Meditation, conditionality, and anatta

General discussion of issues related to Theravada Meditation, e.g. meditation postures, developing a regular sitting practice, skillfully relating to difficulties and hindrances, etc.
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Alex123
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Meditation, conditionality, and anatta

Post by Alex123 » Thu Nov 11, 2010 6:09 pm

From personal experience I have seen that I can't control thoughts. One cannot stop a thought from arising. You can easily check it yourself.

Sit down in meditation posture, close your eyes, be aware of the present moment, and give yourself a firm resolution "for the next 5 minutes do not think any thought or imagine any thing". You will see that very quickly thoughts or images will arise. Perhaps in as soon as 10 seconds.

If one cannot stop a thought or a mental image from arising, this means that one really can't stop wholesome thought or unwholesome thought from arising. It
would also mean that one can't control thought to stop a split second after arising... My refutal to that was that one should practice those skills, to "put in"
necessary conditions for non-arising of unwholesome thoughts and for arising of wholesome thoughts. But even this "putting in the causes" cannot be controlled as all things are Anatta. Things arise due to causes and conditions rather due to free will agency of the Self. Even putting in the causes is not-self and without any controlling agency. Even here there is no free-will.

So what do we have?




With metta,

Alex
"Life is a struggle. Life will throw curveballs at you, it will humble you, it will attempt to break you down. And just when you think things are starting to look up, life will smack you back down with ruthless indifference..."

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Goofaholix
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Re: Meditation, conditionality, and anatta

Post by Goofaholix » Thu Nov 11, 2010 6:38 pm

Why do you want to control thoughts?

What we have is a clear teaching that the thoughts I experienxce are not me, are not self, therefore I have no need to react to them or try to control them.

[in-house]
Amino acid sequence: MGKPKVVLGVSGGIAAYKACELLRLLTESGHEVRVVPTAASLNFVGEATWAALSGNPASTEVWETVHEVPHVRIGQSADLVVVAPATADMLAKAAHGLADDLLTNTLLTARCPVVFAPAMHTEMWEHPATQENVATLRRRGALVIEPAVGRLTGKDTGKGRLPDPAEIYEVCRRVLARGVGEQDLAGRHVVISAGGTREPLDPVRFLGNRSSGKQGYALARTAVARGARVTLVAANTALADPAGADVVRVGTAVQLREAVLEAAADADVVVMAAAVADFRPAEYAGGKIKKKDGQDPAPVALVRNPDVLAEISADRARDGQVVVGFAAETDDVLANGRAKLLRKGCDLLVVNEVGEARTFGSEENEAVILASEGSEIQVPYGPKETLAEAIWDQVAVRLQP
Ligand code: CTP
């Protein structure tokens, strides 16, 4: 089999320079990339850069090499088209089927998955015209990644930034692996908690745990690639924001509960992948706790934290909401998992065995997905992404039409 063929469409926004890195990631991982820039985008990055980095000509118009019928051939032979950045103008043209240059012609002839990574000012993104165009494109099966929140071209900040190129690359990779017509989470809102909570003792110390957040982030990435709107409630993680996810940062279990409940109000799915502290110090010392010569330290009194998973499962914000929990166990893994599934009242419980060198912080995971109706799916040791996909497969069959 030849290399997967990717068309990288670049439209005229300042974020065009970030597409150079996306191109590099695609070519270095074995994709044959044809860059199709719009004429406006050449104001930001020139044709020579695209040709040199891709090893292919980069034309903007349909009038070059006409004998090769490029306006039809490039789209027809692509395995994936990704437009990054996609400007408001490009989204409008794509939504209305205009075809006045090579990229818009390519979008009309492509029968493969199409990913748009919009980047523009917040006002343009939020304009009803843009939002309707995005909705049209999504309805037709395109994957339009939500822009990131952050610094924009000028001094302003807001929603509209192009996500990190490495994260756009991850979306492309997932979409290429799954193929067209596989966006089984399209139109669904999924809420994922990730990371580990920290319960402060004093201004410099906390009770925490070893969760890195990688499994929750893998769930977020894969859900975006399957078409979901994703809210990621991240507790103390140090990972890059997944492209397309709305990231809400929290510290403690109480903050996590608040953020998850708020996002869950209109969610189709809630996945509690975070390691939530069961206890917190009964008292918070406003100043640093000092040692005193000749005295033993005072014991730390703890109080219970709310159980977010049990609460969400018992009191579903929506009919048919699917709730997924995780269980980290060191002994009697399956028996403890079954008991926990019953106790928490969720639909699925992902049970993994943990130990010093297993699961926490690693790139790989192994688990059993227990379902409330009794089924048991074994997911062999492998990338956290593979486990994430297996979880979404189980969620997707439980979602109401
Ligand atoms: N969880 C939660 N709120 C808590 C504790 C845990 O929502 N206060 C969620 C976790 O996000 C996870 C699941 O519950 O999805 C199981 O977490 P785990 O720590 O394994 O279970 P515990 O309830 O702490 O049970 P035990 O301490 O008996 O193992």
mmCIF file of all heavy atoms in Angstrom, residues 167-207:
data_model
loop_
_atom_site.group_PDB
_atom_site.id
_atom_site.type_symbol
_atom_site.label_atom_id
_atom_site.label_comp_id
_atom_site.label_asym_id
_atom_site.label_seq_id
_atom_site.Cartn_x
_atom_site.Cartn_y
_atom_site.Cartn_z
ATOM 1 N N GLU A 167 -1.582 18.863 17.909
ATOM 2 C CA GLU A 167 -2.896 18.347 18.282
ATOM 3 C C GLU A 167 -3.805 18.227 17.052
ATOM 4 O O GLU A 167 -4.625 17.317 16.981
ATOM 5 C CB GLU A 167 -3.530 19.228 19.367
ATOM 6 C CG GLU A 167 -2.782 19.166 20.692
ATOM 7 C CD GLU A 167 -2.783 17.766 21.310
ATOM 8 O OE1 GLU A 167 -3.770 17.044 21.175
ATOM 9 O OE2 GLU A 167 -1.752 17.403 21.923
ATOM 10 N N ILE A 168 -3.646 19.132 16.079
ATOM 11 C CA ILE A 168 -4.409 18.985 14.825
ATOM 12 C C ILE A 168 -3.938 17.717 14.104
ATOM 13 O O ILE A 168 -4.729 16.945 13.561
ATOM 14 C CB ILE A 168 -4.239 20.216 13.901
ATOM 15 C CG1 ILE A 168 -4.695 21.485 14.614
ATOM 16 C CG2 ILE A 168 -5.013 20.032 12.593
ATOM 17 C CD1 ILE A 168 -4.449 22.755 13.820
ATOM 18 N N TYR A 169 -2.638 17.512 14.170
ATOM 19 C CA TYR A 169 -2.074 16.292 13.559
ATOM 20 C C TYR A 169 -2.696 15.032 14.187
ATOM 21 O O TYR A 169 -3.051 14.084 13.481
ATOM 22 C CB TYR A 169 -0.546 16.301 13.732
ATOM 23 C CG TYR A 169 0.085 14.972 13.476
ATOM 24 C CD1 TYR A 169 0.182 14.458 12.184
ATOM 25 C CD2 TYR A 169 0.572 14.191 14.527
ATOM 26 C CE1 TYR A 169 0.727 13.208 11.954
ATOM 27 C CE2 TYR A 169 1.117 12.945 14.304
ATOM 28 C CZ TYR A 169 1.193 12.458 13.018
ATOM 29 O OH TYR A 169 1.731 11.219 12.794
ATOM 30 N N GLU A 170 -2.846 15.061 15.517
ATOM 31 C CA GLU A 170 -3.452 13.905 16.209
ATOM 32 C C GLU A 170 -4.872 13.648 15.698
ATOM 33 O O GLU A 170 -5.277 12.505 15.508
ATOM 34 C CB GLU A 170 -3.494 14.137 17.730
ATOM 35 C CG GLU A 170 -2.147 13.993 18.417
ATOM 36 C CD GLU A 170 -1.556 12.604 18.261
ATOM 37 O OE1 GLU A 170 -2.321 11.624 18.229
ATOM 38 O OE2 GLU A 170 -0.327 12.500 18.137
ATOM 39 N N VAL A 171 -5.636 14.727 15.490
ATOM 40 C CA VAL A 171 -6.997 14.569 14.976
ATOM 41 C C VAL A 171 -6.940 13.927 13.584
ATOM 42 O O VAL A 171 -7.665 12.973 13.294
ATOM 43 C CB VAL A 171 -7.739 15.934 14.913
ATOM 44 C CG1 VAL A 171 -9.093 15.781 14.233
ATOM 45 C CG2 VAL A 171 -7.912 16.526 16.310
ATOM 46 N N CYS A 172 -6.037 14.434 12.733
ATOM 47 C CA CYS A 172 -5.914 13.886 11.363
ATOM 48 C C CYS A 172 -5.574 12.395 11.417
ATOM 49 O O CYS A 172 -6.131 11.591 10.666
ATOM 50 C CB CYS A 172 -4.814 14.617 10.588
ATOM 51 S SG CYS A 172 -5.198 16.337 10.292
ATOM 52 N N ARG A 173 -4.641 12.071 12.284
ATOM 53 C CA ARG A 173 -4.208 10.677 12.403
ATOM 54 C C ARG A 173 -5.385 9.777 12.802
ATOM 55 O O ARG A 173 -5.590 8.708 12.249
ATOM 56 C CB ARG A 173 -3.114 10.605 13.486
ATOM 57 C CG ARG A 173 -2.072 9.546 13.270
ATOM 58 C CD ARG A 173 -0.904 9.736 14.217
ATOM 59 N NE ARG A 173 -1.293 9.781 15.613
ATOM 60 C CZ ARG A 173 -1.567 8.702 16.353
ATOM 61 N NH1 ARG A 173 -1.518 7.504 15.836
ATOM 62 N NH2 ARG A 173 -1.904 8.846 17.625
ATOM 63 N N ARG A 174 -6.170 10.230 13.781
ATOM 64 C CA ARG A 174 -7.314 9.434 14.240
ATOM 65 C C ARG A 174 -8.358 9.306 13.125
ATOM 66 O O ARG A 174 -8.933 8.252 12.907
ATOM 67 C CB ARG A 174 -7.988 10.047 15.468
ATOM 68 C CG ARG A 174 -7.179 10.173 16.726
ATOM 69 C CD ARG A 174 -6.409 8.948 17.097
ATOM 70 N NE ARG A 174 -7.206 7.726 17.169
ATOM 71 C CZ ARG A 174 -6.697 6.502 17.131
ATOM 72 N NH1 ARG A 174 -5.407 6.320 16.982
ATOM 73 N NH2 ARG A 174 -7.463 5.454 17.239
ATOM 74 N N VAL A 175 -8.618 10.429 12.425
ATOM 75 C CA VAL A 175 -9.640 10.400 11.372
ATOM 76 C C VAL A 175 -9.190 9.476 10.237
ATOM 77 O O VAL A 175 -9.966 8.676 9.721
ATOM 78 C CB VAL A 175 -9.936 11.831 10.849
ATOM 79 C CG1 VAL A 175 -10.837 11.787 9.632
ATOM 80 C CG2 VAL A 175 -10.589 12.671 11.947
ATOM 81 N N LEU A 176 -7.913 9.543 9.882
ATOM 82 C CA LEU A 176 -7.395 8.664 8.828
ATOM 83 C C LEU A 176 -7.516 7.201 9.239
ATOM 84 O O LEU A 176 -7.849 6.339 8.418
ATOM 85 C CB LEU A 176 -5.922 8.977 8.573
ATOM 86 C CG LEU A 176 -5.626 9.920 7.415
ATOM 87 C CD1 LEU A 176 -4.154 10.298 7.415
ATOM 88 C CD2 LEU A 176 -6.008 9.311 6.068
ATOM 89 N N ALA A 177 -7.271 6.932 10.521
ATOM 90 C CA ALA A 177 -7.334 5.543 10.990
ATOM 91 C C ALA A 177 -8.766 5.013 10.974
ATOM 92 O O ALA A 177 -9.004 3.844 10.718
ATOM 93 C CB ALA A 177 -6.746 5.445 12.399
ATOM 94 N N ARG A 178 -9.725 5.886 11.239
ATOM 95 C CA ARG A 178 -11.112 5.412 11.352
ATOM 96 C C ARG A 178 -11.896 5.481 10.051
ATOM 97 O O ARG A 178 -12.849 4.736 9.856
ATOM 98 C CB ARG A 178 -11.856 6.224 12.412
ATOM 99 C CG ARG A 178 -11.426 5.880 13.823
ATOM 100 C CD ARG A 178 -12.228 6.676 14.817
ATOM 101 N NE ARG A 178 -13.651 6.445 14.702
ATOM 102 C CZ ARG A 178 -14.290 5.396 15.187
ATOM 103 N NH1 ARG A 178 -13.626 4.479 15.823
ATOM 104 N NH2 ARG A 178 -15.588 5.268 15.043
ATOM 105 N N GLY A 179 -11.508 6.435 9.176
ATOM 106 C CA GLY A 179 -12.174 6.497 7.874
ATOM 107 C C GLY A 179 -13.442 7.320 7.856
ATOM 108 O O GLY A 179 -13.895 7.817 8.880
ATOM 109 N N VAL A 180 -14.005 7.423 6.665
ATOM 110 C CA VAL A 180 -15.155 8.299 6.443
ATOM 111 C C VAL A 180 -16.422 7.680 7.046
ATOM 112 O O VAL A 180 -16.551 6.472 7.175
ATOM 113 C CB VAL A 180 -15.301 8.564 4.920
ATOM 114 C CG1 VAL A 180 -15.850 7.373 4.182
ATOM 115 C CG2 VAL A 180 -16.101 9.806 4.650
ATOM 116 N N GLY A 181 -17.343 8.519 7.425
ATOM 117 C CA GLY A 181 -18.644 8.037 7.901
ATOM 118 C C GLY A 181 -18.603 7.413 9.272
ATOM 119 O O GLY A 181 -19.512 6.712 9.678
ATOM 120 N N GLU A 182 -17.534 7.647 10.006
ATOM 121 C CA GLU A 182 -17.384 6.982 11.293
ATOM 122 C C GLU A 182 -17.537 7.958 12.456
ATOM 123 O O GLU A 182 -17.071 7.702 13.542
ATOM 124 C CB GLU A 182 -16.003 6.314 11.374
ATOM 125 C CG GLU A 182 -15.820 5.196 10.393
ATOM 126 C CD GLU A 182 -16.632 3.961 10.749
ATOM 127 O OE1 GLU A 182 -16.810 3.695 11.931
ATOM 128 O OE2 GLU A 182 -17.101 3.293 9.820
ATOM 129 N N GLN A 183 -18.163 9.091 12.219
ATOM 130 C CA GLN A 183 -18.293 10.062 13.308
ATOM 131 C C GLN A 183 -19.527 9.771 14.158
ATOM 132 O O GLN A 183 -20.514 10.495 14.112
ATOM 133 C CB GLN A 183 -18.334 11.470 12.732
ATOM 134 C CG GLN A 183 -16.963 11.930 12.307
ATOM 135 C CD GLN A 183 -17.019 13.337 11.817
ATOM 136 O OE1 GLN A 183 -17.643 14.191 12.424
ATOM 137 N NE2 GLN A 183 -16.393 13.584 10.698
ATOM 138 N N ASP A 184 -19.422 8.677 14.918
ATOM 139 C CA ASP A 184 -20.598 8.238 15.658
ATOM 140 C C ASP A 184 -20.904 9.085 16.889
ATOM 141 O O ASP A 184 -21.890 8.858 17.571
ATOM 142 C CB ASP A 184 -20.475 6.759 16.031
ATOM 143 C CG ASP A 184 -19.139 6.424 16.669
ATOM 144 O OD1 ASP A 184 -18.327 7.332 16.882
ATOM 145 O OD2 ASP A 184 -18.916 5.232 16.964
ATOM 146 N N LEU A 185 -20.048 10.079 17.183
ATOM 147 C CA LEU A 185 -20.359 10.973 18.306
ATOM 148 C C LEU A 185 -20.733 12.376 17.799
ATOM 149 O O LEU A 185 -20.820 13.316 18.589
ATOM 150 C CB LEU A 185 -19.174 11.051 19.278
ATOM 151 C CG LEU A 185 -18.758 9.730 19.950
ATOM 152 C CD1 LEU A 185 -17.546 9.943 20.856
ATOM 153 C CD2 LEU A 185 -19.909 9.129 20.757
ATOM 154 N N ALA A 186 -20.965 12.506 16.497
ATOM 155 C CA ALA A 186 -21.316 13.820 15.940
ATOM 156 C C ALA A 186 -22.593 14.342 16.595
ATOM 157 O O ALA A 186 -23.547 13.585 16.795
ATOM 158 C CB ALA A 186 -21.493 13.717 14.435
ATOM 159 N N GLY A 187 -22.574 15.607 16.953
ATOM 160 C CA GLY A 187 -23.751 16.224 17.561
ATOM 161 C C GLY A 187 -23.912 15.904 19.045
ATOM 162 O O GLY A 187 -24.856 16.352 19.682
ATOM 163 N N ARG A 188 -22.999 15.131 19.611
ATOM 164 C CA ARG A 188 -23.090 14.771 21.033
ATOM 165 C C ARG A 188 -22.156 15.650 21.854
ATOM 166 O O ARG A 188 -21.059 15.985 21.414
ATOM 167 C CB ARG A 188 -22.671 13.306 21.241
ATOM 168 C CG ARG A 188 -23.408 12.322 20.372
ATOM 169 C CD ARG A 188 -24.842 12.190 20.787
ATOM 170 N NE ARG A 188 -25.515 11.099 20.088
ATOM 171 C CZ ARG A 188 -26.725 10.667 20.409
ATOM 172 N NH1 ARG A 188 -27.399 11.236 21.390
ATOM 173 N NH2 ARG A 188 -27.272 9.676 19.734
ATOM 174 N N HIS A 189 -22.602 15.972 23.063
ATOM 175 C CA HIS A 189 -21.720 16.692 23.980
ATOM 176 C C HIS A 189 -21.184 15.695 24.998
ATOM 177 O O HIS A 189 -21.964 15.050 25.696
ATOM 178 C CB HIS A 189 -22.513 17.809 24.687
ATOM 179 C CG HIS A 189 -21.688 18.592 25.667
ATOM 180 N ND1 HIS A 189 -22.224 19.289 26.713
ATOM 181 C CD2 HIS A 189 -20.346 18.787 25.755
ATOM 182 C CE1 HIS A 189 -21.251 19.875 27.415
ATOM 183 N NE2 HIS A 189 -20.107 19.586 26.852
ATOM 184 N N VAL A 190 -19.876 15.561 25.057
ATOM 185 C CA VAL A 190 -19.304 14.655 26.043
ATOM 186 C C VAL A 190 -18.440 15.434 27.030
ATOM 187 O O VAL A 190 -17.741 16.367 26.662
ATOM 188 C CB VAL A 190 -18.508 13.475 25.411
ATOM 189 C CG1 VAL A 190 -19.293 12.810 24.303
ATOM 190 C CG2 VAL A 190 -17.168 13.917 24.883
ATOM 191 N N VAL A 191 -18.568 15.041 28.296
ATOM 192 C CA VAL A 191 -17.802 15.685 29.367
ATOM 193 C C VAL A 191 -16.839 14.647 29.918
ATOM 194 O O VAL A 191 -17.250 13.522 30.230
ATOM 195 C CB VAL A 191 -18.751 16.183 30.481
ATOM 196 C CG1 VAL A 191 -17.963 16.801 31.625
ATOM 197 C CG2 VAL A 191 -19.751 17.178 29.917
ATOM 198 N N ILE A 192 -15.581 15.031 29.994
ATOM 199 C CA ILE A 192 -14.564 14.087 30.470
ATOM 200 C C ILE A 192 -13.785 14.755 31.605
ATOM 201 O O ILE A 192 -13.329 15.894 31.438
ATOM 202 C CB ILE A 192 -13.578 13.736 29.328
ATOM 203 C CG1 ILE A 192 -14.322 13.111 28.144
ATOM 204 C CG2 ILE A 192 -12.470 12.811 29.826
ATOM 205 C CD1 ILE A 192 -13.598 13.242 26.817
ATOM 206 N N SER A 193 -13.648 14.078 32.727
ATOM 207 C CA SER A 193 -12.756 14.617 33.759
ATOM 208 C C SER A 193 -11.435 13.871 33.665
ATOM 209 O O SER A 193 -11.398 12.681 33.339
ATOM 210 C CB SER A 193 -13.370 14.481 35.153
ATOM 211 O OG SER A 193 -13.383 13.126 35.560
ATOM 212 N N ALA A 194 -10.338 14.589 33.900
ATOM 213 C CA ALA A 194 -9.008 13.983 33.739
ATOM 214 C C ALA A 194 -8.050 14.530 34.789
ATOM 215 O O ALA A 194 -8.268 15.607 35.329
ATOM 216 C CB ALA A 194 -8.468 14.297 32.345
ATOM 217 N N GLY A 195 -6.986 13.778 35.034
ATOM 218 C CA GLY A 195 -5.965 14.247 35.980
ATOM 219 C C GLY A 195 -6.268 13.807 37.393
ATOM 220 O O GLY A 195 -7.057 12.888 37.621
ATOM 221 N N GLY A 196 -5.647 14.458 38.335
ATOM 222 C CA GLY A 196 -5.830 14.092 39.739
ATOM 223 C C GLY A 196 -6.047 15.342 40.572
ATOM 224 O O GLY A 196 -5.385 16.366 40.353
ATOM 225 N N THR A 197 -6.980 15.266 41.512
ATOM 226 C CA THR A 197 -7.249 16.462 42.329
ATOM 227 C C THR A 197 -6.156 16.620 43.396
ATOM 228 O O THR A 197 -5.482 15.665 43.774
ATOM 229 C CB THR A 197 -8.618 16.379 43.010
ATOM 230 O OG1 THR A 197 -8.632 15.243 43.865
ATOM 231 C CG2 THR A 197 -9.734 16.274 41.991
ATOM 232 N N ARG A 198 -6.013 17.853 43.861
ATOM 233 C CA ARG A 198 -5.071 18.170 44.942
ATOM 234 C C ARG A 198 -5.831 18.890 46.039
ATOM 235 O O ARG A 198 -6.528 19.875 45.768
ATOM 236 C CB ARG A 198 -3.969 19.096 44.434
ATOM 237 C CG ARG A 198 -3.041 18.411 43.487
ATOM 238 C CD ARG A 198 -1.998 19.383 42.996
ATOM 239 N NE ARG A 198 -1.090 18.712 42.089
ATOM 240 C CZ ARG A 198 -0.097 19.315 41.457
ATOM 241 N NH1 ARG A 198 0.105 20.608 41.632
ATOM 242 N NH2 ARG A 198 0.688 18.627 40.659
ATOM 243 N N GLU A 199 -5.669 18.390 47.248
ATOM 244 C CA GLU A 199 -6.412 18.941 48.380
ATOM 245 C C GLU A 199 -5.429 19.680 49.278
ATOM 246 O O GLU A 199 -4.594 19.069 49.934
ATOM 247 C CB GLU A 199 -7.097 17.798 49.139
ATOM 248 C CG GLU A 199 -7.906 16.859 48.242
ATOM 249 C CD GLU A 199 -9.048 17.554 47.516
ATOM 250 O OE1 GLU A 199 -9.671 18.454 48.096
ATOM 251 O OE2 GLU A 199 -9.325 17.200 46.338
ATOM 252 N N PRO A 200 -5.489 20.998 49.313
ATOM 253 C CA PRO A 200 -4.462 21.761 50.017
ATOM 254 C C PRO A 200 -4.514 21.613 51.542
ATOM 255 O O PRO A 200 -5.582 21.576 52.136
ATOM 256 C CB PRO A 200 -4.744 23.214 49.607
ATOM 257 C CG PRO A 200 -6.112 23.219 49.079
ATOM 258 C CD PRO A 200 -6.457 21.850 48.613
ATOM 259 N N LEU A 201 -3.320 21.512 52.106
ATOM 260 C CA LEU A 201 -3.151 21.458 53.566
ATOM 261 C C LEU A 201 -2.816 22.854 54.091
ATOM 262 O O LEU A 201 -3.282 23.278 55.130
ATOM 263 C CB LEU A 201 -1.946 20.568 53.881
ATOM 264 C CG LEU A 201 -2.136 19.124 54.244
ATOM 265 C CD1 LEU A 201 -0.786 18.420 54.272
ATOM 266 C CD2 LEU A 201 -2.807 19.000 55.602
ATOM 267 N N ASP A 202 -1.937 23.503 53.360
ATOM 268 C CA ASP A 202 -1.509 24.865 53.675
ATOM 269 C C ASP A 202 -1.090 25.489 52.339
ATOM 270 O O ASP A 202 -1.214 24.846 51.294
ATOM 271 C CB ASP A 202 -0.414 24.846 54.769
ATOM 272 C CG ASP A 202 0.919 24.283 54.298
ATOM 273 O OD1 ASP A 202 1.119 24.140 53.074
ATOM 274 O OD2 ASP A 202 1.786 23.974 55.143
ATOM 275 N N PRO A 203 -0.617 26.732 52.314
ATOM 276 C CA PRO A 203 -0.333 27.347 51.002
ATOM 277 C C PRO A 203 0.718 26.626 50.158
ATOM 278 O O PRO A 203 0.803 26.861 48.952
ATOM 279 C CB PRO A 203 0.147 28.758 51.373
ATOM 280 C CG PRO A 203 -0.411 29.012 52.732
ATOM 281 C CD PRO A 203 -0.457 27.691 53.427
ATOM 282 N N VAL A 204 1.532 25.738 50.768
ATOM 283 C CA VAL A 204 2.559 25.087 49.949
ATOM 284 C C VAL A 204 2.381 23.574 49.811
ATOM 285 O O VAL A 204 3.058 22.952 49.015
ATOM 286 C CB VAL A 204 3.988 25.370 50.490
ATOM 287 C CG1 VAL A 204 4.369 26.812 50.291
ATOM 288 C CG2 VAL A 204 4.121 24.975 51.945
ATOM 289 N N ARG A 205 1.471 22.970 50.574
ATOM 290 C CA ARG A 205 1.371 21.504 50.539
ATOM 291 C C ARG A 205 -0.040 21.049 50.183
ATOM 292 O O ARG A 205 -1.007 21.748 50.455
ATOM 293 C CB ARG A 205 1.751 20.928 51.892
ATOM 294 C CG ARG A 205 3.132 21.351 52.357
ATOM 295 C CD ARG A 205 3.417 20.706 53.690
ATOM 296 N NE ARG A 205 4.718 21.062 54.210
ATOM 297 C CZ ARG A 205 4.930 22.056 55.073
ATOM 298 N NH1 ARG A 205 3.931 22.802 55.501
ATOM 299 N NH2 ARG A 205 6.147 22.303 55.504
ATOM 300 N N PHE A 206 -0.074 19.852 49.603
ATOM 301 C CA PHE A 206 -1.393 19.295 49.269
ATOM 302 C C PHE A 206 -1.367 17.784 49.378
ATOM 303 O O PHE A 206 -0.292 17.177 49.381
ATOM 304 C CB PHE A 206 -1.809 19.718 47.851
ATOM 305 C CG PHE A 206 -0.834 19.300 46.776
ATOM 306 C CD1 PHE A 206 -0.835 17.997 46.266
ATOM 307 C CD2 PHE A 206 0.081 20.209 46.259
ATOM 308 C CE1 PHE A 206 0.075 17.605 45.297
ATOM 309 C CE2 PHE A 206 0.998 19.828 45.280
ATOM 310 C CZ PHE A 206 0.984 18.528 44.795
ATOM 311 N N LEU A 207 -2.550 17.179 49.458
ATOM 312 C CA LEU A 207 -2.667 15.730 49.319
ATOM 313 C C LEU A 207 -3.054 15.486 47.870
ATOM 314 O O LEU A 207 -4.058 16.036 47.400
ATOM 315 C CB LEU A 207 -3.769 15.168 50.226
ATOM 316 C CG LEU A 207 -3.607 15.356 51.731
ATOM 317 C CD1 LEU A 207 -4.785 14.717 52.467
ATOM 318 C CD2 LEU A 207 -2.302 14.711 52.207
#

“Peace is within oneself to be found in the same place as agitation and suffering. It is not found in a forest or on a hilltop, nor is it given by a teacher. Where you experience suffering, you can also find freedom from suffering. Trying to run away from suffering is actually to run toward it.” ― Ajahn Chah

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Alex123
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Re: Meditation, conditionality, and anatta

Post by Alex123 » Thu Nov 11, 2010 6:44 pm

A lot of my sitting meditations were following a certain Ajahn's teaching to get into deep samatha, where all thoughts are supposed to cease and so do the 5 senses. He had (what sounded brilliant to me) teachings about "put the peace between the observer and the observed", or "stop struggling with the hindrances" . But, as if The One could put peace or anger toward whatever one is doing. As if one could just observe without interfering. It seems to be missing the point of anatta. Not only there is no control over big events, there is no control over smaller scales.

One can't control what is happening (anatta, remember?) or how one reacts or doesn't react toward anything.


If there was control, I'd be an Arahant by now and any and every meditation sessions would be very blissful and productive. Some say, "put in the required causes and the effects will follow". But even "putting in the causes" is still beyond control, fully conditioned, and not-Self. There isn't any Self-Agency that can do things...
"Life is a struggle. Life will throw curveballs at you, it will humble you, it will attempt to break you down. And just when you think things are starting to look up, life will smack you back down with ruthless indifference..."

Reductor
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Re: Meditation, conditionality, and anatta

Post by Reductor » Thu Nov 11, 2010 7:00 pm

Alex123 wrote:From personal experience I have seen that I can't control thoughts. One cannot stop a thought from arising. You can easily check it yourself.

Sit down in meditation posture, close your eyes, be aware of the present moment, and give yourself a firm resolution "for the next 5 minutes do not think any thought or imagine any thing". You will see that very quickly thoughts or images will arise. Perhaps in as soon as 10 seconds.

If one cannot stop a thought or a mental image from arising, this means that one really can't stop wholesome thought or unwholesome thought from arising. It
would also mean that one can't control thought to stop a split second after arising... My refutal to that was that one should practice those skills, to "put in"
necessary conditions for non-arising of unwholesome thoughts and for arising of wholesome thoughts. But even this "putting in the causes" cannot be controlled as all things are Anatta. Things arise due to causes and conditions rather due to free will agency of the Self. Even putting in the causes is not-self and without any controlling agency. Even here there is no free-will.